By Jonathan Fildes
Science and technology reporter, BBC News

May 16, BBC News

Microsoft has joined forces with the developers of the "$100 laptop" to make Windows available on the machines.

The move was prompted by countries which demanded the operating system before placing an order.

Trials of laptops loaded with Windows will begin in "four to five" countries from June, the organisations said.

The founder of One Laptop Per Child (OLPC), which developed the machines, denied the move was a "desperate new measure" to secure more orders.

"While it is certainly true that it has not taken off as fast as I would have hoped and publicly stated, certain countries around the world... have always been very, very insistent that they want Windows as an option," Nicholas Negroponte told BBC News.

Until now, the XO machines, as they are known, have only been offered with an open-source Linux operating system.

Apple tactic

OLPC originally aimed to sell the low-cost laptops in lots of one million to governments in developing countries for $100 each.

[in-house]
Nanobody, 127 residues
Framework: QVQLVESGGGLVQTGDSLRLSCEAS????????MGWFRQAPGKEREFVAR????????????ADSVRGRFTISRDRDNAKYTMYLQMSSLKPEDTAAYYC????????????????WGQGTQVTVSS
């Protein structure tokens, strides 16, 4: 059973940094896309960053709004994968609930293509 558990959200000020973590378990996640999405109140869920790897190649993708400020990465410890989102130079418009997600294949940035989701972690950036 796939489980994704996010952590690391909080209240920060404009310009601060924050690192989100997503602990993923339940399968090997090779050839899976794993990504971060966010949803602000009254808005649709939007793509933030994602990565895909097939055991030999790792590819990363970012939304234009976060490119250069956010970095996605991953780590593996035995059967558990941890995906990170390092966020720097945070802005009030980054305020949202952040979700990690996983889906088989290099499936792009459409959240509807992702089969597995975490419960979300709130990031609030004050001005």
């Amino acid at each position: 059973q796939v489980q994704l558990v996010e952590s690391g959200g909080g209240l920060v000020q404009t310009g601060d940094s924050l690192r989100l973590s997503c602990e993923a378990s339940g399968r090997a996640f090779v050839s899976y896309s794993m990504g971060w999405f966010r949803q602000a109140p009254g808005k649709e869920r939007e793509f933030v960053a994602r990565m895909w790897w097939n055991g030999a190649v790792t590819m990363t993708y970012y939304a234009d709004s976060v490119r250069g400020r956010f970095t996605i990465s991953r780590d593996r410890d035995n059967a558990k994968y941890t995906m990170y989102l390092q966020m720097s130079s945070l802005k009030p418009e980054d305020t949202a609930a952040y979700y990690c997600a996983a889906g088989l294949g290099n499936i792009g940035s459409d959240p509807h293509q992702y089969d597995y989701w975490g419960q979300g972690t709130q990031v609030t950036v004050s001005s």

The innovative machines, which have been designed for use in remote and harsh environments, were to be distributed to school children.

Over time, however, the project was forced to drop the minimum number of machines that could be ordered. Each machine currently costs $188.

So far, it has sold just 600,000, according to Professor Negroponte, although he said it expected a further 400,000 orders in the next "60 to 90 days".

"There is no question that demand goes up when you offer dual boot," said Professor Negroponte.

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photo: It has taken a year to make XP compatible with the XO (BBC News)